IMF rapid financing brings Naira relief
Increased CBN dollar supply and the IMF’s $3.4 billion emergency support under the Rapid Financing Instrument (RFI) halted the Naira’s slide. The currency had weakened to a 3-year low of 460 per dollar in the parallel market, while 12-month Naira forward rates pointed to 509, before reprieve to 450 by week’s end. Dollar liquidity eased with the CBN lifting a 14-day suspension on Bureau de Change dollar sales (partly to allow parents to pay offshore school fees and SMEs to meet essential import bills). A narrowing of the gap between the parallel and official rates will help Nigeria address the IMF calls for unification of exchange rates to curtail price arbitrage. We foresee further relief for the Naira in the coming days.
Rare cheer for Rand won’t last
An easing in South Africa’s lockdown, one of the world’s strictest, and a $26.9 billion stimulus package to revamp the economy gave investors some cheer, bringing the Rand back from 19.03 per dollar levels to 18.50 by the end of the week. The reprieve is unlikely to last, with a return to 18.70 levels likely in the coming days. S&P downgraded the nation’s credit rating further into junk, citing structural economic weaknesses and fiscal challenges.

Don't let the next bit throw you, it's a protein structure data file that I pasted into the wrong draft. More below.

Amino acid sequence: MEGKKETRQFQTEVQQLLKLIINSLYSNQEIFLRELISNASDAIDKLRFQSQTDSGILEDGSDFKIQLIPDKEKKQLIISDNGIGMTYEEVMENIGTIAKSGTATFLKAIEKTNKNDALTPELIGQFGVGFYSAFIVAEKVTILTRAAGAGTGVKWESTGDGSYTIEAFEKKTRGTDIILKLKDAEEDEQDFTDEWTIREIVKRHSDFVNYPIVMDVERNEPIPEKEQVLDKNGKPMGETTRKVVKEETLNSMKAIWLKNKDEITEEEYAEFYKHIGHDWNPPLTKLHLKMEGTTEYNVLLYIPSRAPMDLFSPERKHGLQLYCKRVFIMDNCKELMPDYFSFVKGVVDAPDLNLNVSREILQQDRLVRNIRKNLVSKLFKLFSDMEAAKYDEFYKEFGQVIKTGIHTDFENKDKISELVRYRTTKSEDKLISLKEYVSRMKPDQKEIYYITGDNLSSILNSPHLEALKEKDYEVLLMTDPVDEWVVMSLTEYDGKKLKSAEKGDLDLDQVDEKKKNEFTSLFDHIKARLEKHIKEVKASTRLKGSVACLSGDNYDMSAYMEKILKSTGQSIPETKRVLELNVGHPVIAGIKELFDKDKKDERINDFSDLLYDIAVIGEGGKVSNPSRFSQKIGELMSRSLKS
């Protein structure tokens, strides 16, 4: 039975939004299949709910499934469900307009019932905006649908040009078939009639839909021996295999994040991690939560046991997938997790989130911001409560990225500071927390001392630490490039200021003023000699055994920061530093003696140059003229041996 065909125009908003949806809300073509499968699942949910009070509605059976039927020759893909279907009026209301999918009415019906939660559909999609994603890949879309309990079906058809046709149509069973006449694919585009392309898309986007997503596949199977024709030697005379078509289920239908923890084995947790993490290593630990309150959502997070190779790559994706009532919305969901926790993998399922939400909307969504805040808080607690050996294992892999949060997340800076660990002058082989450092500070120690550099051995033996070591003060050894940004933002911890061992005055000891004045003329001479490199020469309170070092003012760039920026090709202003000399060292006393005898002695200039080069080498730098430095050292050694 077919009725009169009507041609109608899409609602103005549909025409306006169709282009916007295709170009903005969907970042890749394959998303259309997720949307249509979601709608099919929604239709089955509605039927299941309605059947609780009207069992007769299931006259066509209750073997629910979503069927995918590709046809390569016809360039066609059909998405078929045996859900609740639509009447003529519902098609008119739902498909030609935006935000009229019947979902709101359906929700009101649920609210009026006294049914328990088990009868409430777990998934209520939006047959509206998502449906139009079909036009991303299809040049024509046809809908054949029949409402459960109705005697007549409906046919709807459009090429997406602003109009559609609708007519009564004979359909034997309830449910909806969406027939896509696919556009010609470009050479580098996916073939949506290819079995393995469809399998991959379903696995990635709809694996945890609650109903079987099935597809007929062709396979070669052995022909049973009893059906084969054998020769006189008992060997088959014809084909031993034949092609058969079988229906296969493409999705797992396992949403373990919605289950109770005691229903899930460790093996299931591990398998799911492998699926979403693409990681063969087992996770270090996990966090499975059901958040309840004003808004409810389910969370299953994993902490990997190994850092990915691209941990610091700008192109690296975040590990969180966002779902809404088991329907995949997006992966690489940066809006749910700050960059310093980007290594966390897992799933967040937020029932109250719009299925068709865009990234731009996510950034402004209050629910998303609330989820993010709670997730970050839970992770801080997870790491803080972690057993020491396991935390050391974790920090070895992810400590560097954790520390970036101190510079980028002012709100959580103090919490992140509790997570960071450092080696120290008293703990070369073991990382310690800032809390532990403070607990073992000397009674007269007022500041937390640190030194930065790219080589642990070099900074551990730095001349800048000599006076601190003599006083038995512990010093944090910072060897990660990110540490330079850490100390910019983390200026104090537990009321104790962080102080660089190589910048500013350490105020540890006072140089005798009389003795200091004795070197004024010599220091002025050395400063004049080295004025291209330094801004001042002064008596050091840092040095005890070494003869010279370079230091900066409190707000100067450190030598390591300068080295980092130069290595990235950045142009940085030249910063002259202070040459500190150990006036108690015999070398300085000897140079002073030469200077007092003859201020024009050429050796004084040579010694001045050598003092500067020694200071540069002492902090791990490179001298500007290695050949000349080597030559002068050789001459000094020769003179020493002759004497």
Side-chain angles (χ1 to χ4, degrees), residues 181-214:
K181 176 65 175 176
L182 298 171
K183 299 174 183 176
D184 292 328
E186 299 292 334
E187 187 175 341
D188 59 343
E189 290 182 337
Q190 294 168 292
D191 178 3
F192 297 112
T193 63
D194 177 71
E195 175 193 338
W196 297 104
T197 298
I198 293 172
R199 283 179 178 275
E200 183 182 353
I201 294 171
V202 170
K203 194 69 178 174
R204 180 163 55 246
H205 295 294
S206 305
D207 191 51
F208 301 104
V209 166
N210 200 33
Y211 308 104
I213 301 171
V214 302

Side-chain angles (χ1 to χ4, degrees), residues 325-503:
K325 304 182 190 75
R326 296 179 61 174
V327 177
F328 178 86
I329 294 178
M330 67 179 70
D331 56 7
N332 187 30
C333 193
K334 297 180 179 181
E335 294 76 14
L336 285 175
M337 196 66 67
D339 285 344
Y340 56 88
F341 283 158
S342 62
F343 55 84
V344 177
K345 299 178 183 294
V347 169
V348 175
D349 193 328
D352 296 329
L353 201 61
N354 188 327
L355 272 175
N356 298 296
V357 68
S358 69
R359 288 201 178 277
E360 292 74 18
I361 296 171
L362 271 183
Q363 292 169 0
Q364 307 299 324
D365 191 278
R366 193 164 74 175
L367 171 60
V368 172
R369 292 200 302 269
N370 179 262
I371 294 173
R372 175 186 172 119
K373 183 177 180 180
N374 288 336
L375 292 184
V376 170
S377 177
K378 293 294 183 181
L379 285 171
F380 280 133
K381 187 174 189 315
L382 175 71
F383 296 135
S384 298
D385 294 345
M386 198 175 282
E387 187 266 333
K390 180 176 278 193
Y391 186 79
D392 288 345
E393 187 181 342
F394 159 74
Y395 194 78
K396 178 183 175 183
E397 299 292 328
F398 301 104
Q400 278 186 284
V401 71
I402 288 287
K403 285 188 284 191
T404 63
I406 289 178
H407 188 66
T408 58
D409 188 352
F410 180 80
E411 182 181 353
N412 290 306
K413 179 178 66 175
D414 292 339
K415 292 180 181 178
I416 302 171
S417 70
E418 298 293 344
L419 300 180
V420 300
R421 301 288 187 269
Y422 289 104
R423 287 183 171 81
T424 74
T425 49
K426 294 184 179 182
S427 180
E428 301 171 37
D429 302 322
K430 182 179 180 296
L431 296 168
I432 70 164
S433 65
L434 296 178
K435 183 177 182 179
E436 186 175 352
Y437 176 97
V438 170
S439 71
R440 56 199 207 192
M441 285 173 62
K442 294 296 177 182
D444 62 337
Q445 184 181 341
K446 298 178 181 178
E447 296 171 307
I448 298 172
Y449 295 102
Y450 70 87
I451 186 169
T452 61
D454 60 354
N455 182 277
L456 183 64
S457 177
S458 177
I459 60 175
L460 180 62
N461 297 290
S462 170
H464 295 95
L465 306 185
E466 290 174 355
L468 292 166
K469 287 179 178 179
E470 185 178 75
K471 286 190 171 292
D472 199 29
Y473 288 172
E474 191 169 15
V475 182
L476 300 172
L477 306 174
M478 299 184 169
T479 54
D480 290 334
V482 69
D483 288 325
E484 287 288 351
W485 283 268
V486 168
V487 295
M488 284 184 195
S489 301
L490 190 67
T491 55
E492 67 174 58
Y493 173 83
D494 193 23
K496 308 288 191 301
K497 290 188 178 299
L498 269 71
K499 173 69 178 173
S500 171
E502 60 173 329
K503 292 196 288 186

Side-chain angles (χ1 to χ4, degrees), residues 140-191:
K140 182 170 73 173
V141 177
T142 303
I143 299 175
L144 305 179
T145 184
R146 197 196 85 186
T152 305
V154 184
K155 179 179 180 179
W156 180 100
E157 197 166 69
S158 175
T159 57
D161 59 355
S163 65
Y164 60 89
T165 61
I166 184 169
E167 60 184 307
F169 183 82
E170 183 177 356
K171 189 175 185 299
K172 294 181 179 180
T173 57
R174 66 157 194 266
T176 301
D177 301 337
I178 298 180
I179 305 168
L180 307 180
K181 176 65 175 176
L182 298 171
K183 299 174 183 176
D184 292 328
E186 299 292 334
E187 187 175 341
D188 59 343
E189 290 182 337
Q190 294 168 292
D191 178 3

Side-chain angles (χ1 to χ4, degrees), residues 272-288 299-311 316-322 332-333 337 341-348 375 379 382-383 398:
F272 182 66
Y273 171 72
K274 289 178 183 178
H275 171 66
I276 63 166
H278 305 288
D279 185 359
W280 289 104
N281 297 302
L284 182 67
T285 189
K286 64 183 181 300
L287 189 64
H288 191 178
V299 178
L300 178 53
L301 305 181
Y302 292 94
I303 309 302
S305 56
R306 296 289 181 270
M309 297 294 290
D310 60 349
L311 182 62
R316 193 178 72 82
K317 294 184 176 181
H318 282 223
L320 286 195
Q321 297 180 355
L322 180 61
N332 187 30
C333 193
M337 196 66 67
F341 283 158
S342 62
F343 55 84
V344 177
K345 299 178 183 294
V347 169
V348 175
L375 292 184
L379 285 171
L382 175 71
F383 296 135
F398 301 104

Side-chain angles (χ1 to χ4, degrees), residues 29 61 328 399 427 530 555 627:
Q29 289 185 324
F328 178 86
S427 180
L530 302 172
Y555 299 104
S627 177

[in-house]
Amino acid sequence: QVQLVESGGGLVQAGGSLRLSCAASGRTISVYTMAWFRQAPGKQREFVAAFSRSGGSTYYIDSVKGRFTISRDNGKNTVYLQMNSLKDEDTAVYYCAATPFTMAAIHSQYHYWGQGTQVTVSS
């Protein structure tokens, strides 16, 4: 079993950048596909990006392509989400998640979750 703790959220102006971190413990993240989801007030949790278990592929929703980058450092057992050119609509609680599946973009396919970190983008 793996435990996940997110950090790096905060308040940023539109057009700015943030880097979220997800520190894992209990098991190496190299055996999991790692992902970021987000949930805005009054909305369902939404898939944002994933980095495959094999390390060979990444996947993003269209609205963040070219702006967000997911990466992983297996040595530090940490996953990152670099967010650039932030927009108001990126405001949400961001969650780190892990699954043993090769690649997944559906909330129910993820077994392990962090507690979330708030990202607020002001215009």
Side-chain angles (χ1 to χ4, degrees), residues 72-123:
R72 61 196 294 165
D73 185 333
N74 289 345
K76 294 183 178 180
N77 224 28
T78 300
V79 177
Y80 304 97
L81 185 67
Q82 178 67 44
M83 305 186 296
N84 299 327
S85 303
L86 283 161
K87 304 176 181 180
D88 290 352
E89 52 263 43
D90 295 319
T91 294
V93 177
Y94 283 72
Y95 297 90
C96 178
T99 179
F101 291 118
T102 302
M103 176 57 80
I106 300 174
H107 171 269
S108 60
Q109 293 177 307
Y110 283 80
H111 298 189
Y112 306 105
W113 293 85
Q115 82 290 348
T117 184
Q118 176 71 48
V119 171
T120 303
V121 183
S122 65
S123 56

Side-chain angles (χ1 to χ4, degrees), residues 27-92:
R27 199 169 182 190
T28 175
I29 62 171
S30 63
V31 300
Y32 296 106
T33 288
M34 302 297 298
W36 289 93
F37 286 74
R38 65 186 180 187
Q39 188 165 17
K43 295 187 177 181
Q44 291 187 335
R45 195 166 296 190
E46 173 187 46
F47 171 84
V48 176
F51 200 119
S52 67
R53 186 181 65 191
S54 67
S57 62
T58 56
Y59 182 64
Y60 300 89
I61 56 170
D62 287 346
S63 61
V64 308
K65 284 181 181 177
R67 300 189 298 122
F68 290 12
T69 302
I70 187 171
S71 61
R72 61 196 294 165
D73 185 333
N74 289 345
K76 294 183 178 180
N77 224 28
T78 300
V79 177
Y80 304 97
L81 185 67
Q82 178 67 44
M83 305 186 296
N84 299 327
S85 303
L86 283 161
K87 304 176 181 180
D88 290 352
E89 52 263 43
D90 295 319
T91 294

Shilling withstands pressure after rate cut
The Kenyan Shilling withstood reduction in interest rates to a 9-year low of 7% in a bid to protect the economy from coronavirus impact. The Shilling edged only slightly weaker to 107.25 from 107.10. The World Bank projected output would shrink by 1% if disruptions from the pandemic continue for a further three months. The central bank cut its economic growth forecast to 2.3% from 5.4% predicted in 2019. Relief will come from the IMF’s Special Drawing Rights $700 million facility from mid-May. We see stability around current levels in the near term.